Carpi and the Jewish heritage
To thousands of Italian Jews, Carpi in Emilia-Romagna marked the last stop before the extermination camps in Germany.
Judging from the open spaces, insistingly optimistic orange colours and peaceful coexistence of several architectural styles side by side on the Piazza dei Martiri, I thought of Carpi in Emilia-Romagna as the result of years’ harmonious, sequential development. But the impression was shattered when I passed the inconspicuous former synagogue in Via Rovighi and became aware of Carpi’s role as the last stop before Auschwitz – Birkenau for 5000 Italian Jews.
If you are facing the Cathedral, in the central square of Carpi you’ve got Castello Pio on your right and a columned arcade on your left. Behind the columns you’ll find the usual array of shops, banks and cafés along with a couple of gates leading into the former Jewish ghetto.
A Welcomed Addition to Society
There have been Jews in Emilia-Romagna as long as any one remembers, but their numbers increased significantly in the 1400s due to the Spanish expulsion. The Christians were not allowed to lend money, so they welcomed Jews with banking experience, and for years Jewish bankers and printers were a successful and integrated part of society.
In the 16th century, however, Pope Paul IV decreed that Jews had to live in ghettos and abide by a curfew. The prohibitions were lifted in the late 19th century when many Jews left Emilia-Romagna for the more profitable regions of Milan, Turin and Rome. Today there are only about 400 Jews living in the entire Emilia-Romagna region.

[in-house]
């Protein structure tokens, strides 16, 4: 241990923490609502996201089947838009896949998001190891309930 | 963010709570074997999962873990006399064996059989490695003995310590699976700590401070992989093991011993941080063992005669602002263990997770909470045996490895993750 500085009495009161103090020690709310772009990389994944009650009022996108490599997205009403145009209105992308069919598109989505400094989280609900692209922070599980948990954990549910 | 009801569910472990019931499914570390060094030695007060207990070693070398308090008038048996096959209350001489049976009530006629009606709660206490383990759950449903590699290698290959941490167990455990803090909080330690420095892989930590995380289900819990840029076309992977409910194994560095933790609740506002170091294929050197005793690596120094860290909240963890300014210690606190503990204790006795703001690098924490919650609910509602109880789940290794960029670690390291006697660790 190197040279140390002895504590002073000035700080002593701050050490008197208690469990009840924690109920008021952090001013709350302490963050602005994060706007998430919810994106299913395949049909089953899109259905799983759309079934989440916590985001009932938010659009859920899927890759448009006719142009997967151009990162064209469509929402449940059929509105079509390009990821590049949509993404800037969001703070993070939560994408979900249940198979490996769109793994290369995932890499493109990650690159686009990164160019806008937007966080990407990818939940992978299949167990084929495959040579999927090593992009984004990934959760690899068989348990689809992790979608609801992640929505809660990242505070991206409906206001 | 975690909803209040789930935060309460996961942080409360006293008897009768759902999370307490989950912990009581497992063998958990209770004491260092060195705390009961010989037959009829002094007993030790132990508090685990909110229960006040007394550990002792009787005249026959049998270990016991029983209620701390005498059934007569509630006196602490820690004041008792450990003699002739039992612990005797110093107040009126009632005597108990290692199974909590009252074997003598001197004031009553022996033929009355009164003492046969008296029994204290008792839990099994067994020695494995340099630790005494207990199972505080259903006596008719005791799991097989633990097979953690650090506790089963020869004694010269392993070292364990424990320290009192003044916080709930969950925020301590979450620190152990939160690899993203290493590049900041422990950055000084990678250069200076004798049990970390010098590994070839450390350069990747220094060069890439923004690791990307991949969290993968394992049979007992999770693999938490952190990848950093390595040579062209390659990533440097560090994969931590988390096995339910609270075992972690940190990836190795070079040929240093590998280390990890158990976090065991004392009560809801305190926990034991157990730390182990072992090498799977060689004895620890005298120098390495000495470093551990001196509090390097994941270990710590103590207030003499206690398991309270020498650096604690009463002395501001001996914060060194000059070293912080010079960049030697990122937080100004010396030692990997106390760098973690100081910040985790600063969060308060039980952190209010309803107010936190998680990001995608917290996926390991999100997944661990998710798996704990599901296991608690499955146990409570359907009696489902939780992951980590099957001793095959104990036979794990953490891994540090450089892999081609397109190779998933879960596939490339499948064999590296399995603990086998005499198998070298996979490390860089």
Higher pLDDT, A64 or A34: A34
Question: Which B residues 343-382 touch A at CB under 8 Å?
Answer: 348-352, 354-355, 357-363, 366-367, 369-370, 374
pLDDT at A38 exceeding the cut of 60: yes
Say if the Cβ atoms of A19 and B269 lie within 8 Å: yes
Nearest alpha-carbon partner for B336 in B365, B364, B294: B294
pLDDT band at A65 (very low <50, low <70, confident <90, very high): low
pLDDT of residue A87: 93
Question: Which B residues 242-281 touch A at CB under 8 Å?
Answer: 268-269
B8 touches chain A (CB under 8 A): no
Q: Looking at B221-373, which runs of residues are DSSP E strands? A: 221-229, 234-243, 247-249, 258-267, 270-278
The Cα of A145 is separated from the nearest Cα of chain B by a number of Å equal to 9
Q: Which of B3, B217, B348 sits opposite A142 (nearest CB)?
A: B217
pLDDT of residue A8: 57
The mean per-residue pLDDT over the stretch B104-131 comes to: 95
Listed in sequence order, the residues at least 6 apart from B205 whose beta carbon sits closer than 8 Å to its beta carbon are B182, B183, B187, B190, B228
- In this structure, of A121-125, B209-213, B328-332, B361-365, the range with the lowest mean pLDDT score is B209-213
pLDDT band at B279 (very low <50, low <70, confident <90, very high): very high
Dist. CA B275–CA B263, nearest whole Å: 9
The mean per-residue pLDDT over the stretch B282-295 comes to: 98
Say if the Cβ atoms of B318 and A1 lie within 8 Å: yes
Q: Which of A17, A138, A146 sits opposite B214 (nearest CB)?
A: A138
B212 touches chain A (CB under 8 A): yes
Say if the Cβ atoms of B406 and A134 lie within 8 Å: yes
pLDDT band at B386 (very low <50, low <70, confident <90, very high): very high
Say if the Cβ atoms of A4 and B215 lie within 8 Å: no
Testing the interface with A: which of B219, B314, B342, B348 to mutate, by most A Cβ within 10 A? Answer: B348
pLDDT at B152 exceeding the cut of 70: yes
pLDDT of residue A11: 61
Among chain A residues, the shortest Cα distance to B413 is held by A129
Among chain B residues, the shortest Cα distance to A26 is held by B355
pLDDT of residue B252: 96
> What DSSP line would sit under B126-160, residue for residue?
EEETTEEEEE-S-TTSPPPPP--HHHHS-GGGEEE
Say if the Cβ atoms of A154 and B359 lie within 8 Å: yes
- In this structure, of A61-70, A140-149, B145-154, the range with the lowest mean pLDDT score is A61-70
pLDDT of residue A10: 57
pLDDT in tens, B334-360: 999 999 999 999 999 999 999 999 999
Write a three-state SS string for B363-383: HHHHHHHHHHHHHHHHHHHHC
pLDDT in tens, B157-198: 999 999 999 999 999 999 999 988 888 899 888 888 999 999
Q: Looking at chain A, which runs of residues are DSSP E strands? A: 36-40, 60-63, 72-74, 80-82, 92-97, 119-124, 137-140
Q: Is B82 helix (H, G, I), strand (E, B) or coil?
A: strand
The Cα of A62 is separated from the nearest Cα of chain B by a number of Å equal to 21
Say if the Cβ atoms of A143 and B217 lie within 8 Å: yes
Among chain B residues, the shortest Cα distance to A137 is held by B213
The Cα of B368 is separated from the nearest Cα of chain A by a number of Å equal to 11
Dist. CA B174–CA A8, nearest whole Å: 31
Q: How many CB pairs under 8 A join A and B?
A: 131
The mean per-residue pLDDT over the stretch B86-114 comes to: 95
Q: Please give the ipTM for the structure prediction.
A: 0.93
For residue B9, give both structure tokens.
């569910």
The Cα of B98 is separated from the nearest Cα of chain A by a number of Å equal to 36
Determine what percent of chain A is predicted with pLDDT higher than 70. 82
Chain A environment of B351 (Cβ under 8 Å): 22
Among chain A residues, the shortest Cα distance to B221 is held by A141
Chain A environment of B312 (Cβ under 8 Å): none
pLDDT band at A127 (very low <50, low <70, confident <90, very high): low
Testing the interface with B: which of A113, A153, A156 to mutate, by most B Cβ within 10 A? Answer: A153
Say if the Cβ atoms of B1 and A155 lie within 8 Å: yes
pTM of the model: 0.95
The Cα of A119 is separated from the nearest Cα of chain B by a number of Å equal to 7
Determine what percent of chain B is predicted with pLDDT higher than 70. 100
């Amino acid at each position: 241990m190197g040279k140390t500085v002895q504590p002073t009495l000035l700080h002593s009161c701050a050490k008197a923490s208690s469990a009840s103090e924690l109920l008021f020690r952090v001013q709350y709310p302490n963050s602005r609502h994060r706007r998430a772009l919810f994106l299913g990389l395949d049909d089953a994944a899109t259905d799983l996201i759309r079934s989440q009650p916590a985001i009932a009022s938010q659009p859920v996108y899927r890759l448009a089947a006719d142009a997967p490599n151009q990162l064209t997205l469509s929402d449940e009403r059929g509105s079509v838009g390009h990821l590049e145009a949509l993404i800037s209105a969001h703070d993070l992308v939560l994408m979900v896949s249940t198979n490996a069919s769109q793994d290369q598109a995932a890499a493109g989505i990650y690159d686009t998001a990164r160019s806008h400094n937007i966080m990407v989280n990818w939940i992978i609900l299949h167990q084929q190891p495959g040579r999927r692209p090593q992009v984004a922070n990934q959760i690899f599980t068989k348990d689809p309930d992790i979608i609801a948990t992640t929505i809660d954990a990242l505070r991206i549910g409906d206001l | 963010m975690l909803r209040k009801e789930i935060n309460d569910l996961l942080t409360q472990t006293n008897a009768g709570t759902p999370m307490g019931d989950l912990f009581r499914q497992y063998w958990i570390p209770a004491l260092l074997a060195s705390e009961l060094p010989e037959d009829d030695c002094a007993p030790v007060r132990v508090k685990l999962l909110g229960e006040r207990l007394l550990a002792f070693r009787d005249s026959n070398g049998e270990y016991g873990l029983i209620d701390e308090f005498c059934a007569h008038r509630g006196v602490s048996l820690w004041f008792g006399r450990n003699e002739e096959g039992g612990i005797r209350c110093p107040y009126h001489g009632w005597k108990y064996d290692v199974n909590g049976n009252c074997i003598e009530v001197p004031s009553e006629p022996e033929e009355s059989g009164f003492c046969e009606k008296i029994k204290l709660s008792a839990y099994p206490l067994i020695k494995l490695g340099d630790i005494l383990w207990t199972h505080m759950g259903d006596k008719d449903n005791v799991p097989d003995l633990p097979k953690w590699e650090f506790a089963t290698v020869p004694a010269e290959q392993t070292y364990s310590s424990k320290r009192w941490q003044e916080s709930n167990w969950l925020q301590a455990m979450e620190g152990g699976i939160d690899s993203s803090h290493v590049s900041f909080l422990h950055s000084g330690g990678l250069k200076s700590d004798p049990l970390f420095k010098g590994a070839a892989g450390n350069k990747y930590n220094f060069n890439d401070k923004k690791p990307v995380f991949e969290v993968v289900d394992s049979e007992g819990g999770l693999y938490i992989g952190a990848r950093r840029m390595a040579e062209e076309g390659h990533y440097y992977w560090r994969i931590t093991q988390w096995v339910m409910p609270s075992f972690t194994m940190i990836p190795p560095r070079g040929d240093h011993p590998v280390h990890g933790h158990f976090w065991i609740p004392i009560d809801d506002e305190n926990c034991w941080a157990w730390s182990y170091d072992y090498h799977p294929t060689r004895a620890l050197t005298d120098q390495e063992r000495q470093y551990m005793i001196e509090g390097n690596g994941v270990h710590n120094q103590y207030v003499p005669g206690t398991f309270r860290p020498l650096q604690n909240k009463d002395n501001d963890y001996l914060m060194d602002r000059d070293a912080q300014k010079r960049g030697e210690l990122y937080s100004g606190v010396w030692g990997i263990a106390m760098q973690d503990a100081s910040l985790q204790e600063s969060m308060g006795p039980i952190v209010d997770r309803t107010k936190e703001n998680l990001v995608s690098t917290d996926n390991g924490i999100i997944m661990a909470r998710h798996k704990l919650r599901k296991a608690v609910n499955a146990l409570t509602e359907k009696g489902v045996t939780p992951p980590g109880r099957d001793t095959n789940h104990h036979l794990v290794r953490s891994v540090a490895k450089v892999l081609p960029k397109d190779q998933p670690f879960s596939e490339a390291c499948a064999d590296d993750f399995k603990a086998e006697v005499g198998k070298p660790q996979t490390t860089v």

Last Stop in Italy
Yet during WWII, Fossoli north of Carpi was chosen as the ideal location for a fascist concentration camp. At the beginning “War Prison Camp no. 73” received soldiers, prisoners of war and allied non-commissioned officers, but it was later enlarged to house Jews and political opponents on their way to the extermination camps in Germany and Poland.
One of the detainees was Italian chemist and writer Primo Levi, who in ‘Se questo è un uomo’ (If this is a Man) recalls the last night in Fossoli before ‘L’alba ci colse come un tradimento’ and the prisoners were deported to Germany.
It is possible to visit Fossoli though most of the barracks have deteriorated over the years. There is also a museum in Palazzo dei Pio in Carpi with the names of Italians, who died in the Nazi extermination camps and other memorabilia. Along with the more pleasant attractions of a pocket-sized Modena.